#OurLove is part of an ongoing series of drawings and paintings of Atlanta-based queer couples. The intent of this series is to create awareness and representation for a kind of love that isn’t shown in mainstream media and the abundance of that love in Atlanta. Telling the stories of resilient, queer people of color, and the everyday resistance through which QTPOC live. This work focuses on exalting the beauty of queer love and the experience of being a QTPOC. #OurLove … matters.
This mural was painted as part of BeltLine Walls, Vol. 2 and festival on August 4, 2019 on the interim Northeast Trail where it passes under I-85.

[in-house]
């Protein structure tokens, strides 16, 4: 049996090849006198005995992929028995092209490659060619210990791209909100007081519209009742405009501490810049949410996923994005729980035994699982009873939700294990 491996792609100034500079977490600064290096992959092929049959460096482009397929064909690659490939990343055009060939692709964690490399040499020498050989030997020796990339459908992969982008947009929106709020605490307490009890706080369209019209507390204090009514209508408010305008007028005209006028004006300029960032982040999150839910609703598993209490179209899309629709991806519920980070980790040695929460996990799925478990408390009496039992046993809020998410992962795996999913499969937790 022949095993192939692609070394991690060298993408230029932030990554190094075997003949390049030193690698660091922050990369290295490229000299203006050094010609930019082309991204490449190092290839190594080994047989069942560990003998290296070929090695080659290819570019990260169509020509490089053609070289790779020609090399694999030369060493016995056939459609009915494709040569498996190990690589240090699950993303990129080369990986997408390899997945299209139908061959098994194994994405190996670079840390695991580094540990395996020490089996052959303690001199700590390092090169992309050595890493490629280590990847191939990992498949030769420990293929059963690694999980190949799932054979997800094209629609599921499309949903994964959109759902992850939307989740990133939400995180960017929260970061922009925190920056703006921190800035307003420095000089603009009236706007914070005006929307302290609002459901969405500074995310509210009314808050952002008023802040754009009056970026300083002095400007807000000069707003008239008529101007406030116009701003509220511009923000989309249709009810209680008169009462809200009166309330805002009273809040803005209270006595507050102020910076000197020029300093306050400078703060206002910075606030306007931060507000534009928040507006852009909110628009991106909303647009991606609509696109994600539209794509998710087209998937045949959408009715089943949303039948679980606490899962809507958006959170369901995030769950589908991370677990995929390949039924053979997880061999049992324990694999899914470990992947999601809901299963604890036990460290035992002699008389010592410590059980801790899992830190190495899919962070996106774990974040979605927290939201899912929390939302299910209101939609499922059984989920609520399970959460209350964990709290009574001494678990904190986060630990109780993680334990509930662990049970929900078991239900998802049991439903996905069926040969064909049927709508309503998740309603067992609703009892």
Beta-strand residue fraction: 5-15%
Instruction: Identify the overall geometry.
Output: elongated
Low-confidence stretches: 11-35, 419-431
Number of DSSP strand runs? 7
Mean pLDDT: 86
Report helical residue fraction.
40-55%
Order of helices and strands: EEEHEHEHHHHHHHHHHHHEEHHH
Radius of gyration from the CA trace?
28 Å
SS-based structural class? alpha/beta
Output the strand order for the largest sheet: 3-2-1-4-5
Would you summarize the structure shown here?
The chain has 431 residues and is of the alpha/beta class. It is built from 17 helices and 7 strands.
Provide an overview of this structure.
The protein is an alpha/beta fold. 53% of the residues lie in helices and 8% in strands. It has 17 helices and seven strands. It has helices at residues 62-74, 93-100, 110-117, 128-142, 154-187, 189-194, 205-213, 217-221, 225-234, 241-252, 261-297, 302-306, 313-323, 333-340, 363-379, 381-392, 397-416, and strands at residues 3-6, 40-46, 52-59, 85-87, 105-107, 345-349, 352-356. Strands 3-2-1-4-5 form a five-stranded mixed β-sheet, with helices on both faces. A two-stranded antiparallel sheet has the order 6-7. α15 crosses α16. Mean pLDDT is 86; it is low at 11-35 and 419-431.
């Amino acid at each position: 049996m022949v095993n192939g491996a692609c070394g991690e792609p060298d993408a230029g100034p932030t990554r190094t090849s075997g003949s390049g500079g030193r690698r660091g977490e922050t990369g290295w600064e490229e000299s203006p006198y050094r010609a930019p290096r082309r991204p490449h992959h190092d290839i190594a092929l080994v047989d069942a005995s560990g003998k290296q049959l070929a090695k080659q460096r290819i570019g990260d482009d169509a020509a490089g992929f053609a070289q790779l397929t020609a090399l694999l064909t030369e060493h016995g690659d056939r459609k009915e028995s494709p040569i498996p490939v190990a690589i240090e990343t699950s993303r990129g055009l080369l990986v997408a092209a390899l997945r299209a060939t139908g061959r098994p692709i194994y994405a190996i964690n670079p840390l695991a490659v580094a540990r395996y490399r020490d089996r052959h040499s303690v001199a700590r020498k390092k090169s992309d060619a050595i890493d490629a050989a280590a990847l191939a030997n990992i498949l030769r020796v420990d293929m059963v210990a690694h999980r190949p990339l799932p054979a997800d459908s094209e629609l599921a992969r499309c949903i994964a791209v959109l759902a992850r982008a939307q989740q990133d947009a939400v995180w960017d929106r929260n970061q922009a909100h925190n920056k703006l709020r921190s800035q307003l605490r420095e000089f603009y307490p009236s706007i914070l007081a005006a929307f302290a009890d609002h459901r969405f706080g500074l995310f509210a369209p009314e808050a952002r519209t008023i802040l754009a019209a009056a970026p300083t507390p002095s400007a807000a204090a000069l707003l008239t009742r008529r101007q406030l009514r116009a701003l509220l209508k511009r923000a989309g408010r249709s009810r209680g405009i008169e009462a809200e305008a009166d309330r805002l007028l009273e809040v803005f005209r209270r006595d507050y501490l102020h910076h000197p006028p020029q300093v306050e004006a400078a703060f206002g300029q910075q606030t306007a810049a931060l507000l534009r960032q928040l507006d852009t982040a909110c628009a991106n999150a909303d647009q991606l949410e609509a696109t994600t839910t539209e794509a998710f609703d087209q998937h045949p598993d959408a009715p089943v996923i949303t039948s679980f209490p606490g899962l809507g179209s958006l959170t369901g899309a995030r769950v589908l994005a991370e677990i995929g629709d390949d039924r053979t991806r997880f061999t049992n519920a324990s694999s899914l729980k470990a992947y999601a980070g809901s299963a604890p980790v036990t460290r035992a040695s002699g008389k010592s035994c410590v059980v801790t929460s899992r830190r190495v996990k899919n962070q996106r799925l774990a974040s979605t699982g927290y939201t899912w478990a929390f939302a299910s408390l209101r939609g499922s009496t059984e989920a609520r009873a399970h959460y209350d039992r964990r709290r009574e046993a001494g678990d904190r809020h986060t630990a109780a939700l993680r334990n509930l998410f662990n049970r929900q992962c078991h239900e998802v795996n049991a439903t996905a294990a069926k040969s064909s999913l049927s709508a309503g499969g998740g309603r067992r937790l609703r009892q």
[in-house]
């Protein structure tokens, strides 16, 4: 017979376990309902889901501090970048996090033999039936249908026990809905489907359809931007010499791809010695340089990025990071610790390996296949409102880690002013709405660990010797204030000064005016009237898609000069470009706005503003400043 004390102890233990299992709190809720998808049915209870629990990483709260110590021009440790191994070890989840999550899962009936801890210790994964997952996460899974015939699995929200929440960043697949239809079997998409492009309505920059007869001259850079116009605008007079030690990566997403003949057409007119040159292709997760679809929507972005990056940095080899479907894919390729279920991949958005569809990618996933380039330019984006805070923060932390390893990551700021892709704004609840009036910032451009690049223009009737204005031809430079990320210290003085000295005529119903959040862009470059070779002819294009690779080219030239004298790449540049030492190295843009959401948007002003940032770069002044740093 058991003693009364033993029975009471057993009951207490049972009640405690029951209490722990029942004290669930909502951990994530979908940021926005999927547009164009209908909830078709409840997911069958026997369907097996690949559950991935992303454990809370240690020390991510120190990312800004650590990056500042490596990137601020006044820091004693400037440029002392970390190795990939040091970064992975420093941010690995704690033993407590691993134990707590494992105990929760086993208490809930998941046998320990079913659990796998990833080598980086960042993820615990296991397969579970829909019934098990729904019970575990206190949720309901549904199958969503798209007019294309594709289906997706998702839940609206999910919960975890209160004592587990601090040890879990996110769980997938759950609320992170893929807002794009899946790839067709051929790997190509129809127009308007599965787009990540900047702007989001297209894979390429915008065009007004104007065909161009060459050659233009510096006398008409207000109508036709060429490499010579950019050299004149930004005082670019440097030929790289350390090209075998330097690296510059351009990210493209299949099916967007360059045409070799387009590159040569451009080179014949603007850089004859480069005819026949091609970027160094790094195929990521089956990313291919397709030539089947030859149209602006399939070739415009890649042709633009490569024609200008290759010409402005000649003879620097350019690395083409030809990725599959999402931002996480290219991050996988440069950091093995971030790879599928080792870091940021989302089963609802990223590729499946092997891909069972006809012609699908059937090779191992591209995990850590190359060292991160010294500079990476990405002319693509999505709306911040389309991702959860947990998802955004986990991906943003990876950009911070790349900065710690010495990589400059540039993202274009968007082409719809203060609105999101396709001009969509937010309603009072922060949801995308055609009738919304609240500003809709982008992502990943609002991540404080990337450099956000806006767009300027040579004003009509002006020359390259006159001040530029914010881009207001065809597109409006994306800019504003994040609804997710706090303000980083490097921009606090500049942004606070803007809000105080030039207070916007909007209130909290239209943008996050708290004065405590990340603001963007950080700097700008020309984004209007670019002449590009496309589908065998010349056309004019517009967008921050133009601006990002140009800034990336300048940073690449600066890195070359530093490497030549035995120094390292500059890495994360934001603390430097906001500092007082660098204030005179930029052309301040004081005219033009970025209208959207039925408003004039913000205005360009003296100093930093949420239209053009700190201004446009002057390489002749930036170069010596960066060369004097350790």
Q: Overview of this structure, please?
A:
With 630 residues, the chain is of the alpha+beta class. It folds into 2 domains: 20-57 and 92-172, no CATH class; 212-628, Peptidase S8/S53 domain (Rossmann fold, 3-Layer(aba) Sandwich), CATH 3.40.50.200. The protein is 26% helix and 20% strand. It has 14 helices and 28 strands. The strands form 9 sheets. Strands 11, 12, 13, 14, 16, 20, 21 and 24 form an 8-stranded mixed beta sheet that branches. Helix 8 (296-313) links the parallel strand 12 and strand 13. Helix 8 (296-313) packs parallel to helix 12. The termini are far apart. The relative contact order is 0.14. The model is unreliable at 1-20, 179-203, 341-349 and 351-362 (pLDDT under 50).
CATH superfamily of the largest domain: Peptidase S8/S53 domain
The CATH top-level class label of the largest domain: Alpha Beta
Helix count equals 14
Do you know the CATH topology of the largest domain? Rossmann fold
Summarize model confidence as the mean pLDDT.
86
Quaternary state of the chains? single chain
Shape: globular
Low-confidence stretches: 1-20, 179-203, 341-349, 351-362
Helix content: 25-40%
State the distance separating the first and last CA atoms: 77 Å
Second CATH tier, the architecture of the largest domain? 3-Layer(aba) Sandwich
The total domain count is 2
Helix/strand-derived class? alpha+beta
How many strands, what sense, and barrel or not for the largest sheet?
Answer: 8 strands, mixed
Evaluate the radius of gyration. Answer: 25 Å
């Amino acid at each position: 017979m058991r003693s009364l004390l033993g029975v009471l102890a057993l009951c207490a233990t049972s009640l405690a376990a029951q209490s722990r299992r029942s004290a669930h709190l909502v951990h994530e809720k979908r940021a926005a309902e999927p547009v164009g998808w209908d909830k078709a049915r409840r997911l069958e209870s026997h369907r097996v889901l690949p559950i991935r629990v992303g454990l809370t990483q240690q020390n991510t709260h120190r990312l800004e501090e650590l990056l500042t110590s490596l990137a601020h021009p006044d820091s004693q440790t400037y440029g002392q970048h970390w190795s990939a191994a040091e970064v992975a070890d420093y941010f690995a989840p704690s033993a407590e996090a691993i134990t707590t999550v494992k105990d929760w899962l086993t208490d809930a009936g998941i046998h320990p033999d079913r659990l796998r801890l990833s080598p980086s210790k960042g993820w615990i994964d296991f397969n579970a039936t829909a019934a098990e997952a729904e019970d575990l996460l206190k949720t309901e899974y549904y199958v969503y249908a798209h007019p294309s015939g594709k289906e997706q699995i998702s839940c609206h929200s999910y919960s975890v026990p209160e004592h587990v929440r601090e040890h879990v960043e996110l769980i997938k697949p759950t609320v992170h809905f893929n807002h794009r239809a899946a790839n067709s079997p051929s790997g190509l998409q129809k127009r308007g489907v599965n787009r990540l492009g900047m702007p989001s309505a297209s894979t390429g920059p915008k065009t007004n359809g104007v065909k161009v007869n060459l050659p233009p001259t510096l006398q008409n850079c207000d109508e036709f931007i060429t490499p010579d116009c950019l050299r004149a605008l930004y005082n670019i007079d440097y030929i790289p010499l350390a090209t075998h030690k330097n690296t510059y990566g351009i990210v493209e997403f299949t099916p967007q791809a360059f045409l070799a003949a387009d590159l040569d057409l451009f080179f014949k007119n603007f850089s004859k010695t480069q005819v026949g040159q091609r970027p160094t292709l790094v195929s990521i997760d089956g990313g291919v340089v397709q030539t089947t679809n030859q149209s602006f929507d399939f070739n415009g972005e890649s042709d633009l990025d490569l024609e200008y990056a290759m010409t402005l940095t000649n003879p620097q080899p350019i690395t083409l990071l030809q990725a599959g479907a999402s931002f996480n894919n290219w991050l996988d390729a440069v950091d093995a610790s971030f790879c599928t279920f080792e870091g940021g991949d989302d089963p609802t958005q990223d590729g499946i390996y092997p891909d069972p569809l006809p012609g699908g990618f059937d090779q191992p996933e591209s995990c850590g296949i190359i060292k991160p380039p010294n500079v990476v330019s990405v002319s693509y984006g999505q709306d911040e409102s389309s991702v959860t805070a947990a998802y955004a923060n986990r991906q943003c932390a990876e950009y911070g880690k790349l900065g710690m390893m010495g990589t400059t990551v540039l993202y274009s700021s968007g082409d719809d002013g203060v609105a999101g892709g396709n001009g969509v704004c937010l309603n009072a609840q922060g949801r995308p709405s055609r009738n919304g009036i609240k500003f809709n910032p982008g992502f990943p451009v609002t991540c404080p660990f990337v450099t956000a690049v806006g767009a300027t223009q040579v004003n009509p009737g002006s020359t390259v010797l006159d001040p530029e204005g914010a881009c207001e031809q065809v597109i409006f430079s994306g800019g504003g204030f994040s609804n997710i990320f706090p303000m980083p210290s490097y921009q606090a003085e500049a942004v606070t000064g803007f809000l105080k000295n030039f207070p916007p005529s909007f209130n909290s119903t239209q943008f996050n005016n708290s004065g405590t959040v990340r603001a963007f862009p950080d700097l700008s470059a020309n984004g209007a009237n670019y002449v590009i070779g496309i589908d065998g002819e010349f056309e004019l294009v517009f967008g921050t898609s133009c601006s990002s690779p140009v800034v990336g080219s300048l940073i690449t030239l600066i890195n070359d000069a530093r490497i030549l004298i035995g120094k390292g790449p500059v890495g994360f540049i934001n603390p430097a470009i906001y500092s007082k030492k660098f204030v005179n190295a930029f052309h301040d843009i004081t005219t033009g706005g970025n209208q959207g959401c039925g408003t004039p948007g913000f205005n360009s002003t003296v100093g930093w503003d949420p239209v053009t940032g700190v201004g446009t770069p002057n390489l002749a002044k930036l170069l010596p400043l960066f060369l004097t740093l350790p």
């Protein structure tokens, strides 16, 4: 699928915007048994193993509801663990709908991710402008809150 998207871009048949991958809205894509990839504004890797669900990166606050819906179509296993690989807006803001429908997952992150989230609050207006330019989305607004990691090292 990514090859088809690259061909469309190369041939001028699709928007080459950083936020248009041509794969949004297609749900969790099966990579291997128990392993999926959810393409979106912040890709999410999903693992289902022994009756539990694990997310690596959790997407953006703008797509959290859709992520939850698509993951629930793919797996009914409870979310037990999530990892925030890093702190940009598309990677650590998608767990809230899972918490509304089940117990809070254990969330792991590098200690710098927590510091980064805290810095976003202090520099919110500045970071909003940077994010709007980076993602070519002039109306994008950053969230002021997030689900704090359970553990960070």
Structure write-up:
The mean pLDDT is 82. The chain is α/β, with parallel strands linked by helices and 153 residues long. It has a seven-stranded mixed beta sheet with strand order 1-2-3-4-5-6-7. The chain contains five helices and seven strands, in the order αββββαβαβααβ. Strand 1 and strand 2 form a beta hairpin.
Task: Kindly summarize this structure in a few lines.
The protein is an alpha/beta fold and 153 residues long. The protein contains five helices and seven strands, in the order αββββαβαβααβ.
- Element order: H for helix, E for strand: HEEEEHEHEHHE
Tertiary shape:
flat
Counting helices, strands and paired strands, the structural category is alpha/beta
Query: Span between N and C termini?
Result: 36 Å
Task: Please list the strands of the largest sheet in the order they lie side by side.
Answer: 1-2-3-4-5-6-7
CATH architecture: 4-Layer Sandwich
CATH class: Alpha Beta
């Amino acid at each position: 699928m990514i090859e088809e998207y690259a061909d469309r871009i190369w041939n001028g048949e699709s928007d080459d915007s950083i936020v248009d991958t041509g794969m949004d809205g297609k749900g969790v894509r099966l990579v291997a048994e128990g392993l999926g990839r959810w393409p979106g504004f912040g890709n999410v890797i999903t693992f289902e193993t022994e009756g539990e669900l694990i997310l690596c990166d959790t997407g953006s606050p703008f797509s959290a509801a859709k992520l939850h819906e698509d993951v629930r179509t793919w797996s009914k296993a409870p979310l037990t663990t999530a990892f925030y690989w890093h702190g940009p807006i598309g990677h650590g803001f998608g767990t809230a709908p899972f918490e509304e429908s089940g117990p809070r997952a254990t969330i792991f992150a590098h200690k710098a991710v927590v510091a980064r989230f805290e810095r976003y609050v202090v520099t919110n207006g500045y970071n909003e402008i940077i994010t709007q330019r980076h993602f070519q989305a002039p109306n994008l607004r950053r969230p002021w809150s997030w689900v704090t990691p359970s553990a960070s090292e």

Maita was born in Guatemala City to mixed parents in 1999. Her childhood was composed of family, Guatemalan culture, and a love for art. Her family was always worried about going out and her mom was always stressed bout she and her sister’s safety because of the brutality that happened near their home. Because she was surrounded by so much violence, her parents decided to move to Puerto Rico, where her father was raised. Maite lived in Puerto Rico for four years before moving to the United State during her first year of high school. For Maite, art is not just a drawing or a painting, it is a way to express emotions and ideas that move people. It is the language she feels most comfortable expressing. Moving to the US has allowed her to have a broader view of different cultures and feel very proud of her own ethnicity. She has learned to appreciate differences whether they are physical, cultural, or emotional. Migrating has helped her see what human beings have in common and understand how strongly she feels against any form of discrimination. She wants people to look at her art and feel empathy towards each other. Maite wants to make an impact by creating work that targets issues that she is passionate about. Her dream is to use her artist voice to represent the voices of others and fight for civil rights and equality.